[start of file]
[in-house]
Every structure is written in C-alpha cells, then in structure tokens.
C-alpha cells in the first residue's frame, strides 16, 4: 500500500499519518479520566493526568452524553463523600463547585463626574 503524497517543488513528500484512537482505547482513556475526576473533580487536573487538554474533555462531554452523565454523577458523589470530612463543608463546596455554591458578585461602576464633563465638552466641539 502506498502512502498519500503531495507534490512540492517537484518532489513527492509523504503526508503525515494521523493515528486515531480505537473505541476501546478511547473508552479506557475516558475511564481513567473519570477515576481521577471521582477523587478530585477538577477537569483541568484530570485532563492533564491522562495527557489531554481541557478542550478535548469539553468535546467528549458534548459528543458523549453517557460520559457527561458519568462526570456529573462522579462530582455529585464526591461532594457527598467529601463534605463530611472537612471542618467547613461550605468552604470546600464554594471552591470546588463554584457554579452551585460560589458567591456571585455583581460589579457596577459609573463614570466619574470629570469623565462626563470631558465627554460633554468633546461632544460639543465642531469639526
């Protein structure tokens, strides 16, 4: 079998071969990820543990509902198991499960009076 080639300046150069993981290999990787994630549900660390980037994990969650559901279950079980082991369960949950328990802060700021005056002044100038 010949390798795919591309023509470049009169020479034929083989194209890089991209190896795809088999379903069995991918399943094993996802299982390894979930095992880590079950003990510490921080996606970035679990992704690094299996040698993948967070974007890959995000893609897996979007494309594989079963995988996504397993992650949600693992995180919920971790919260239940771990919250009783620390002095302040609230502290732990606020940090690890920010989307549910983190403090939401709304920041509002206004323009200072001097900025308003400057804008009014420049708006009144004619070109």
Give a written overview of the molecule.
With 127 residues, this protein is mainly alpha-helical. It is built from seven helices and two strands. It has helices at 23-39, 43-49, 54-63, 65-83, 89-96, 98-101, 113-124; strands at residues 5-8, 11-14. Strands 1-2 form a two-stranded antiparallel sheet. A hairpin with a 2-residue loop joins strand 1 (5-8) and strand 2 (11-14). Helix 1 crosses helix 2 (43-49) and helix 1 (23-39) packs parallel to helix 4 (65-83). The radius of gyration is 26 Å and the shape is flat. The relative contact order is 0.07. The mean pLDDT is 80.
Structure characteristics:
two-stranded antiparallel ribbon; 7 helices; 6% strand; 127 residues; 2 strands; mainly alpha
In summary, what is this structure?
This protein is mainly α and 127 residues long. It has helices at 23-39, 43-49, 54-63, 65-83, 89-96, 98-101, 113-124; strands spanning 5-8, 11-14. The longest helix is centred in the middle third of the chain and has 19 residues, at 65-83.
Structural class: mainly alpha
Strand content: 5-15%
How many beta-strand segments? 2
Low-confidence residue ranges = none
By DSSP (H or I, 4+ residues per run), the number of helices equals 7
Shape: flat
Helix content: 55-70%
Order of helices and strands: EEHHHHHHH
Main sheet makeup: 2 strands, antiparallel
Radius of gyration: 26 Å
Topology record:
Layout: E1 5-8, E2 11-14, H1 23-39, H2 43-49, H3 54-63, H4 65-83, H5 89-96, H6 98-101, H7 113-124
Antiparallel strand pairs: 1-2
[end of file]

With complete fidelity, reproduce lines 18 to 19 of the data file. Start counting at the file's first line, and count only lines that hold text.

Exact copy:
Order of helices and strands: EEHHHHHHH
Main sheet makeup: 2 strands, antiparallel